Monday, March 14, 2011

SXSW 2011 - Monday

The music portion of South by Southwest hasn’t started yet, but that isn’t going to keep me from checking out the music here in Austin. My first stop for the week was at Whip In, a convenience store that sells Indian food and has a small stage for music. After circling around I-35 for 20 minutes, I met up with Deb and Linda. Tonight was all about the voices and the songwriting as Bettysoo and Jess Klein shared the stage.






This is really the first time I’ve gotten to hear Bettysoo live (small inside joke there) and it was well worth the wait. Looking at her, you do not expect the big voice that comes out. But it’s more than just volume; it is the nuances as well that define her sound. Sometimes there is a twang in her voice, but whatever style it takes, the passion and beauty are a thing to behold. I understand she has a new CD coming out in May and then will be touring with it. If she comes to your town, do not miss her.






I have never seen Jess Klein in concert, although I own some of her music. You can pretty much copy and paste the last paragraph. Jess has a gorgeous voice and her new songs sound fantastic. There is no date on a new CD, but I can hardly wait.








We chatted with both them after the show for close to an hour. It was a fun way to get the week started. I took some videos but was playing with the volume control and it didn’t come out well at all. I hope to get another shot at recording them later this week.

Friday, March 11, 2011

Sam Phillips - 2004


Seven years ago I met Sam Phillips after a performance at the Getty in Los Angeles. It was the first of 10 shows and almost as many conversations over the next 12 months. It was an amazing time and I was more then infatuated with Sam, her music and her band. At the time I hadn't started writing my blog, but I posted the details of the shows and our conversations in the World Class Rock music group on Yahoo. During those days, it might have been a bit impolite to discuss Sam's divorce in a real public place like a blog. But, seven years later, I don't think I'm telling any stories that should be kept secret. What follows are the postings that I made during that year, along with posts from friends who commented on my posts. Although I've eliminated some of the comments because they weren't relevant to the story, I did not edit any of my posts (although it would be a much faster read) so that I had a more accurate document of that year. If you've got a few minutes to spare, sit back and enjoy. We start with the evening of March 12th, 2004. My first post was short but sweet...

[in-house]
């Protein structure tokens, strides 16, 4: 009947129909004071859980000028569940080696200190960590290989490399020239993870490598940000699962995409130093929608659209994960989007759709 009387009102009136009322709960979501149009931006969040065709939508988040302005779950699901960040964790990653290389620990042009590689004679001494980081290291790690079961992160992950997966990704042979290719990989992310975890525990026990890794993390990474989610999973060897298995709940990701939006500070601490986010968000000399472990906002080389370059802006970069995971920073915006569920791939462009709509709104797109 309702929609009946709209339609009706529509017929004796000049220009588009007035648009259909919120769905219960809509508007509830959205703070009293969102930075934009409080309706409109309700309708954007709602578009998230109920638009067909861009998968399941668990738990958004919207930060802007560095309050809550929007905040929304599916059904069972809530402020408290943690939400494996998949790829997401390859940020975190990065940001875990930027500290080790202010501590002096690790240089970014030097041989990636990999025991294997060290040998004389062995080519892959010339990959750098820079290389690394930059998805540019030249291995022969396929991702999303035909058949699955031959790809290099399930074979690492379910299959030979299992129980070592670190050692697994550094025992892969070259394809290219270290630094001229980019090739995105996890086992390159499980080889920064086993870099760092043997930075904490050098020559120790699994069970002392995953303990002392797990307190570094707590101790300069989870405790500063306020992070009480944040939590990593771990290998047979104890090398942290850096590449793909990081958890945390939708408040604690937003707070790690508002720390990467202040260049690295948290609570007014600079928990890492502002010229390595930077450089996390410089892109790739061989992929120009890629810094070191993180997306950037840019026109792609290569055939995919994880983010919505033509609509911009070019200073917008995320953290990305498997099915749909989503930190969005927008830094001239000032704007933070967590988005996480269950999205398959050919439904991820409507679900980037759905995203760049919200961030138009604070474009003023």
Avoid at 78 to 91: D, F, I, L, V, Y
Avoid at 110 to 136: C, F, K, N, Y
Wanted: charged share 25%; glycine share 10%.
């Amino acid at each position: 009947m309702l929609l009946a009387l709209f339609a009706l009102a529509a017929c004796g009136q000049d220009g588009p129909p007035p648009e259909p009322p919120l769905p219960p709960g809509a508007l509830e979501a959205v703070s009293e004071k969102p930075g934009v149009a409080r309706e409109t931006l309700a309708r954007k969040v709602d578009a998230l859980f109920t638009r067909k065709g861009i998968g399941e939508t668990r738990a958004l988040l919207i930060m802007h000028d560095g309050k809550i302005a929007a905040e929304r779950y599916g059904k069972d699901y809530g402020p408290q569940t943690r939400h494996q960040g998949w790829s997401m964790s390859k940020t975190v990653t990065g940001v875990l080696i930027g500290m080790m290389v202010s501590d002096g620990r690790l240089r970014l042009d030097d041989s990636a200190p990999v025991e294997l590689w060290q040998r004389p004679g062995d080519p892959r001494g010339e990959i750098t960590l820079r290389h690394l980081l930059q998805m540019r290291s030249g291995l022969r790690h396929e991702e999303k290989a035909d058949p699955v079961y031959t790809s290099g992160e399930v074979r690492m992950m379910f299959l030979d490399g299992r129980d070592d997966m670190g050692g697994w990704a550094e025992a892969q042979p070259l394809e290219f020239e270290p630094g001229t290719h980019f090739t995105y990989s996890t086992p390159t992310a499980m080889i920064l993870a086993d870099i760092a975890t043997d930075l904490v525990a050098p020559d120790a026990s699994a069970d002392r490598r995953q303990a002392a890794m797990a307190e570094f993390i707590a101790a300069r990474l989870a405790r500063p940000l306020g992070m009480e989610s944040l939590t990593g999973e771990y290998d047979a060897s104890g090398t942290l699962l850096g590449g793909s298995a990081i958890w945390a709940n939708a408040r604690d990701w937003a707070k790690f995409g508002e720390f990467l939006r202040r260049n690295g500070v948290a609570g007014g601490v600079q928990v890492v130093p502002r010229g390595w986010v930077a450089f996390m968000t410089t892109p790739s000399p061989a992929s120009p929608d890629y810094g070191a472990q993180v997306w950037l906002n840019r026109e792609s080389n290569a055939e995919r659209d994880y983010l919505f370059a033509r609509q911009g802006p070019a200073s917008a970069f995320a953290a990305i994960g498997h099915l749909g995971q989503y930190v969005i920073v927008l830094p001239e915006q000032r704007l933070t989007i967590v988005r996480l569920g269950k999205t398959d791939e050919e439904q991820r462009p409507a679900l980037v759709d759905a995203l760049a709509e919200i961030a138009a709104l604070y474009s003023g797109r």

Friday March 12:
I’m in heaven…

Saturday March 13:

I’ve got to take a bit of time to write the review and my daughter is waiting for me to take her and her friend to Main Place to see some of the Harry Potter cast (none of the big stars). So, this is the brief version:

Most important, Sam will be playing 3 nights at Largo’s, April 27-29. The 27th is the day her new CD comes out. I haven’t called yet, but that is where I plan to be. I may want to go to the other shows too. I’ll end this email and start typing the review. If I finish before my daughter gets back, great, otherwise, you’ll get it tonight.

Later that night:

Okay, the Sam Phillips review in all its glory. :-)

So, we’ve all had those moments of anxiety where we are waiting for someone to perform and we’ve been waiting for 10 years or more. Will they be as good as we hope? Will they have a real personality and give us a great memory? Will the audience be perfect? Well two out of three wasn’t bad. The guy next to me had enough mucus to feed the world. He snorted and hacked every 15 or 20 seconds throughout the entire show. It was so annoying, and yet, he may have just been sick and wanted to see Sam. Or maybe he was just an annoying person who didn’t realize how loud he was. I never looked at him, never said a word to him. And maybe God (this is Sam, what is a Sam review without the mention of God) looked down on me and smiled (or was laughing at me). But I digress (not that I have anything to digress from yet)…